Donate to Remove ads

Got a credit card? use our Credit Card & Finance Calculators

Thanks to 88V8,Howard,Bhoddhisatva,penym,Anonymous, for Donating to support the site

Short selling question

Any other investment discussions eg. peer to peer lending
PinkPony
Posts: 2
Joined: January 12th, 2017, 5:23 pm

Short selling question

#165508

Postby PinkPony » September 10th, 2018, 4:04 pm

I have been wondering about a detail in my understanding of short selling. As I understand it:-

Person A wants to short the shares in XYZ plc. They borrow the shares from Person B, pay them a fee for the privilege of borrowing and then sell the shares. Assuming the price of the shares go down, Person A buys back the shares at the lower price, making a profit on the price difference. So far, so good. However, Person A now gives the shares back to Person B who ends up with a holding in XYZ plc that is worth less, possibly a lot less, than it was before the shares were lent to Person A.

How does Person B benefit from this apart from the borrowing fee which must be less than the before and after price difference? ('m working on the assumption that Person A wouldn't borrow the shares and pay a borrowing fee if they didn't think they could make a profit bigger than the cost of the borrowing fee.)

All enlightenment gratefully received.

Alaric
Lemon Quarter
Posts: 3923
Joined: November 5th, 2016, 9:05 am
Has thanked: 13 times
Been thanked: 778 times

Re: Short selling question

#165511

Postby Alaric » September 10th, 2018, 4:21 pm

PinkPony wrote:How does Person B benefit from this apart from the borrowing fee which must be less than the before and after price difference?


B just gets the fee. If B is a index tracker fund or required to tightly follow a benchmark, it has no option but to hold the shares as they fall.

Lootman
Lemon Half
Posts: 6640
Joined: November 4th, 2016, 3:58 pm
Has thanked: 43 times
Been thanked: 1047 times

Re: Short selling question

#165517

Postby Lootman » September 10th, 2018, 4:48 pm

Alaric wrote:
PinkPony wrote:How does Person B benefit from this apart from the borrowing fee which must be less than the before and after price difference?

B just gets the fee. If B is a index tracker fund or required to tightly follow a benchmark, it has no option but to hold the shares as they fall.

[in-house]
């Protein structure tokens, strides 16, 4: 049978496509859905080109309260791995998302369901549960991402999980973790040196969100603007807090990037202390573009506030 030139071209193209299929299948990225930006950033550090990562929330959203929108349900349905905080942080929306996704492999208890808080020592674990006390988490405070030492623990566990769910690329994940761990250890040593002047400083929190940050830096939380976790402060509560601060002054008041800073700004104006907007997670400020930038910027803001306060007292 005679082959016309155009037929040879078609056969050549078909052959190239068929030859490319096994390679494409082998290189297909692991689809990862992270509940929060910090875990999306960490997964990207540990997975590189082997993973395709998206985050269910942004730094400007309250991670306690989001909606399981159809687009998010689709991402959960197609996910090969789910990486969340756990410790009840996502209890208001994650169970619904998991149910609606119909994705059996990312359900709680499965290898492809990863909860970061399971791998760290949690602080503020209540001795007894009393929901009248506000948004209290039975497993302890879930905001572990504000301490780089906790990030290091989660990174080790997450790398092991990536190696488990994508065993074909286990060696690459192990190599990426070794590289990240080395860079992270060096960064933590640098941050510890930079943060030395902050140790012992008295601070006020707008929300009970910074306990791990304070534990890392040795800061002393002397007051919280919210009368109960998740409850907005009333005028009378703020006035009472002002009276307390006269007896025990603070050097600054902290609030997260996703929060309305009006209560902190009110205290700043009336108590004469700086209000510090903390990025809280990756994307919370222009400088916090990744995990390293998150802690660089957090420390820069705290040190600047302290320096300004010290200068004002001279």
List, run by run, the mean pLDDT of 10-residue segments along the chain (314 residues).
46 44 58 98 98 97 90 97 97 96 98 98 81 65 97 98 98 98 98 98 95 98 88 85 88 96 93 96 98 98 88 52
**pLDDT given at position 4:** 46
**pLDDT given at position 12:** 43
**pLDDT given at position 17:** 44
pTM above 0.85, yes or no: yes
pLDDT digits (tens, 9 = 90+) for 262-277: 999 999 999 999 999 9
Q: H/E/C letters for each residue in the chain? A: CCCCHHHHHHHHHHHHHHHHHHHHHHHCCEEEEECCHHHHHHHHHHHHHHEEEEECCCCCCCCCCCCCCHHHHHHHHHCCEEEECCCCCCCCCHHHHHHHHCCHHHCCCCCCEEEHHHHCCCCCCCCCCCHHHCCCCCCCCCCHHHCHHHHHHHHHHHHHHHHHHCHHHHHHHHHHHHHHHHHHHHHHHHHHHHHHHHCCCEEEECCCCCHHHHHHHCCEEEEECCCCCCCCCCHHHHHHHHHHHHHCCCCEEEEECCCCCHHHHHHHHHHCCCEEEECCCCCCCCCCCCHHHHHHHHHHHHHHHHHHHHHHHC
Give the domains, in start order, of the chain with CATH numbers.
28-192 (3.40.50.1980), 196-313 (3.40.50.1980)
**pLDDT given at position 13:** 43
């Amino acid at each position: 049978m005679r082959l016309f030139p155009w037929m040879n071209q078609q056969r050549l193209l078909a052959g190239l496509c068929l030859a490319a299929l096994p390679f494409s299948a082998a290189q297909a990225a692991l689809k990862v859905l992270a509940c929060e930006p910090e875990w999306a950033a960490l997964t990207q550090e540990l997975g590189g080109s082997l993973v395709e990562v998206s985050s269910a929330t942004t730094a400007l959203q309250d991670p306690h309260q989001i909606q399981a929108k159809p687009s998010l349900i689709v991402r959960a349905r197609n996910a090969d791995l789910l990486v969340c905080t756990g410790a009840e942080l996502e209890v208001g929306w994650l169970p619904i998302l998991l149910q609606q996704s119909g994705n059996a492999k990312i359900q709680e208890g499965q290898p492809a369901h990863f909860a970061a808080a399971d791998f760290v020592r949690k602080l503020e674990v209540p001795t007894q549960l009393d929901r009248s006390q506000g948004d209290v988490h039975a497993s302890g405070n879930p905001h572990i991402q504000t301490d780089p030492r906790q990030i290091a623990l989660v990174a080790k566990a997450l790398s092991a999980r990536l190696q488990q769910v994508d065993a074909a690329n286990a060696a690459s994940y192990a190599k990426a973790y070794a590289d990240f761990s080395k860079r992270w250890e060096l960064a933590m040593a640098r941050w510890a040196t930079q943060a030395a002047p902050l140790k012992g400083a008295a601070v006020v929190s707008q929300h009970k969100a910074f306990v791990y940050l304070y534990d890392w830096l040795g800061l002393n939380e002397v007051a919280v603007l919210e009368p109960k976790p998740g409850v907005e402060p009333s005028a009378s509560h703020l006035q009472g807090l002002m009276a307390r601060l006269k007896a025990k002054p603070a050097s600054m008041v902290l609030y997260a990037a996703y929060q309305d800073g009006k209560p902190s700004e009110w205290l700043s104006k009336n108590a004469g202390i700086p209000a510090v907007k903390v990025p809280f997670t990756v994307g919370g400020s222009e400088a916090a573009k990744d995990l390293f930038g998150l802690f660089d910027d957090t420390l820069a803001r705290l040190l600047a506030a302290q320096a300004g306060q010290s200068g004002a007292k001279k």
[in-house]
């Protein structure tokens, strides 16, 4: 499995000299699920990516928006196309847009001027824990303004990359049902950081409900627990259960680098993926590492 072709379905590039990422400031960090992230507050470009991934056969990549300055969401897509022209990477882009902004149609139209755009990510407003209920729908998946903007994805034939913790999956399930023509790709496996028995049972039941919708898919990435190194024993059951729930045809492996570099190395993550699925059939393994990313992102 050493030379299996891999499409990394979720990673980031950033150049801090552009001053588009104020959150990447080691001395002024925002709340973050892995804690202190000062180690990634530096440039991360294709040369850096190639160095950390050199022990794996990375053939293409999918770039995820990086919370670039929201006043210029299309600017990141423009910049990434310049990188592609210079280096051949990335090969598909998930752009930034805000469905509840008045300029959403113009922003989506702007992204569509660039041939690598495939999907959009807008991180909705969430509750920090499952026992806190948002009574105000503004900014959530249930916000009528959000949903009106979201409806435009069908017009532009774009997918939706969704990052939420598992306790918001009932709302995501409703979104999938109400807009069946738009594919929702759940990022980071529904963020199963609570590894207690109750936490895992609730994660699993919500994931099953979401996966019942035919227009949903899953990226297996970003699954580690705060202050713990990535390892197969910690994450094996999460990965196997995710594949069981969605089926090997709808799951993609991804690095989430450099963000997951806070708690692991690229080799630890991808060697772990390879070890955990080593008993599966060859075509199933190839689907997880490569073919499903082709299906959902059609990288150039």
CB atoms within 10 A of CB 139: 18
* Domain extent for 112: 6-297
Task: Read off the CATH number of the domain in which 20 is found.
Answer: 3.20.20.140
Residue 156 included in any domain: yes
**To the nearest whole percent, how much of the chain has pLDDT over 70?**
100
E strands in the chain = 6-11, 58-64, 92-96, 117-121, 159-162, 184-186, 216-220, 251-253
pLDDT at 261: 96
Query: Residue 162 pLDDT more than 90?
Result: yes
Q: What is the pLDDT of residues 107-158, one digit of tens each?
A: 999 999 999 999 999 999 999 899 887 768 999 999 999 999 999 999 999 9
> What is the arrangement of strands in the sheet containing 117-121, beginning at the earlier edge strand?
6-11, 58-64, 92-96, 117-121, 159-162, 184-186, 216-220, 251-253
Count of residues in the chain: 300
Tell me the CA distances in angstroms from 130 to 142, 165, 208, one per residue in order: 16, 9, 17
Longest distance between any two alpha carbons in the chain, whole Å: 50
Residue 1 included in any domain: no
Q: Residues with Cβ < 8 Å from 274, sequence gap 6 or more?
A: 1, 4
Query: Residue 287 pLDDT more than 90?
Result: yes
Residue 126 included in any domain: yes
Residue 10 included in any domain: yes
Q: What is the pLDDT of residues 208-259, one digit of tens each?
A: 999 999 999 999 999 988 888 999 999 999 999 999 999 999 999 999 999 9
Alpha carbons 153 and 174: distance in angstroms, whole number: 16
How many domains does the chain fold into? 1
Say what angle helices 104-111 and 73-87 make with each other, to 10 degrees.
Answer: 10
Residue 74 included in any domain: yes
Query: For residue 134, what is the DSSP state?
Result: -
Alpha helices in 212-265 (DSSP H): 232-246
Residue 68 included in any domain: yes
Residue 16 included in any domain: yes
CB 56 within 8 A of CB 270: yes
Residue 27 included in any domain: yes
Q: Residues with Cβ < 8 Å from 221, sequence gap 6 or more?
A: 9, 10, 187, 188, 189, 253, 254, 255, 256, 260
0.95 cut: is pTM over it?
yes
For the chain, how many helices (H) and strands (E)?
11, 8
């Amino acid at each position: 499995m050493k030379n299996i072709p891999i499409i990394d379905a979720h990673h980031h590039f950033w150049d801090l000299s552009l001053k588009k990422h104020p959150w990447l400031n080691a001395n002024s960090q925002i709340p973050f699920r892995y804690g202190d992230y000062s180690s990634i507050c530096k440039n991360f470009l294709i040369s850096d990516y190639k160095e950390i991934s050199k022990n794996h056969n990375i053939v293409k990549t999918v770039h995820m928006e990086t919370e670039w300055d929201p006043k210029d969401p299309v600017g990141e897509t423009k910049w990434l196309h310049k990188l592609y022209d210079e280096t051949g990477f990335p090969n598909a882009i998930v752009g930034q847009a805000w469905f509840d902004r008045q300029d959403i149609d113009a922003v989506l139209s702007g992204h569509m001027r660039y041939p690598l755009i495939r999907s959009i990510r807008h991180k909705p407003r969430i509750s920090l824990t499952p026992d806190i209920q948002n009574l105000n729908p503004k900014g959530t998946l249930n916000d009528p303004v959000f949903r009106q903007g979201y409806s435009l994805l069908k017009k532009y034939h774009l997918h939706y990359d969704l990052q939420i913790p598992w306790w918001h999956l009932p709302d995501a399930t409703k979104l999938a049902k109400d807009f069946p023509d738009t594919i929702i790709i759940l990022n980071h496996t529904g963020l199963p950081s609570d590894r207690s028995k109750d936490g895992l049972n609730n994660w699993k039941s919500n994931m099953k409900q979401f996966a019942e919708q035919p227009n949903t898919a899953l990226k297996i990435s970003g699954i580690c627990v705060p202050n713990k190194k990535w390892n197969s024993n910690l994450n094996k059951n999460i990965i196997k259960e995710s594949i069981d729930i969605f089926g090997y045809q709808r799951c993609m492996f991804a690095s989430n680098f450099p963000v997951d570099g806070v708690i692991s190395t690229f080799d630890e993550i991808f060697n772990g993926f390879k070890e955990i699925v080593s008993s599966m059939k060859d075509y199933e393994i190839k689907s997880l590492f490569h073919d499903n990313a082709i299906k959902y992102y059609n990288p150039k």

This is true, and in fact index funds are a major lender of shares for the simple reason that they are long-term stable holders of the shares and therefore ideal lenders of them, since they won't suddenly want them back to sell, most likely.

One other thing to note about the example is that A will owe any dividends paid to B, because those dividends will have gone to C (the buyer of the shares i.e. the other side of the short sale). But B is also entitled to them as the beneficial owner of the shares. Likewise if A borrowed the shares but did not sell them, they would get the dividend but would have to hand it over to B.

Between the fee and the dividends, it can be expensive to short.

nmdhqbc
Lemon Slice
Posts: 316
Joined: March 22nd, 2017, 10:17 am
Has thanked: 41 times
Been thanked: 83 times

Re: Short selling question

#165521

Postby nmdhqbc » September 10th, 2018, 4:55 pm

Lootman wrote:
Alaric wrote:
PinkPony wrote:How does Person B benefit from this apart from the borrowing fee which must be less than the before and after price difference?

B just gets the fee. If B is a index tracker fund or required to tightly follow a benchmark, it has no option but to hold the shares as they fall.

This is true, and in fact index funds are a major lender of shares for the simple reason that they are long-term stable holders of the shares and therefore ideal lenders of them, since they won't suddenly want them back to sell, most likely.

One other thing to note about the example is that A will owe any dividends paid to B, because those dividends will have gone to C (the buyer of the shares i.e. the other side of the short sale). But B is also entitled to them as the beneficial owner of the shares. Likewise if A borrowed the shares but did not sell them, they would get the dividend but would have to hand it over to B.

Between the fee and the dividends, it can be expensive to short.


But is the dividend really a cost? Wouldn't the share price do down by the dividend amount anyway increasing the shorts gain / reducing its loss.

Gengulphus
Lemon Quarter
Posts: 3101
Joined: November 4th, 2016, 1:17 am
Been thanked: 1609 times

Re: Short selling question

#165812

Postby Gengulphus » September 12th, 2018, 9:33 am

PinkPony wrote:How does Person B benefit from this apart from the borrowing fee which must be less than the before and after price difference? ('m working on the assumption that Person A wouldn't borrow the shares and pay a borrowing fee if they didn't think they could make a profit bigger than the cost of the borrowing fee.)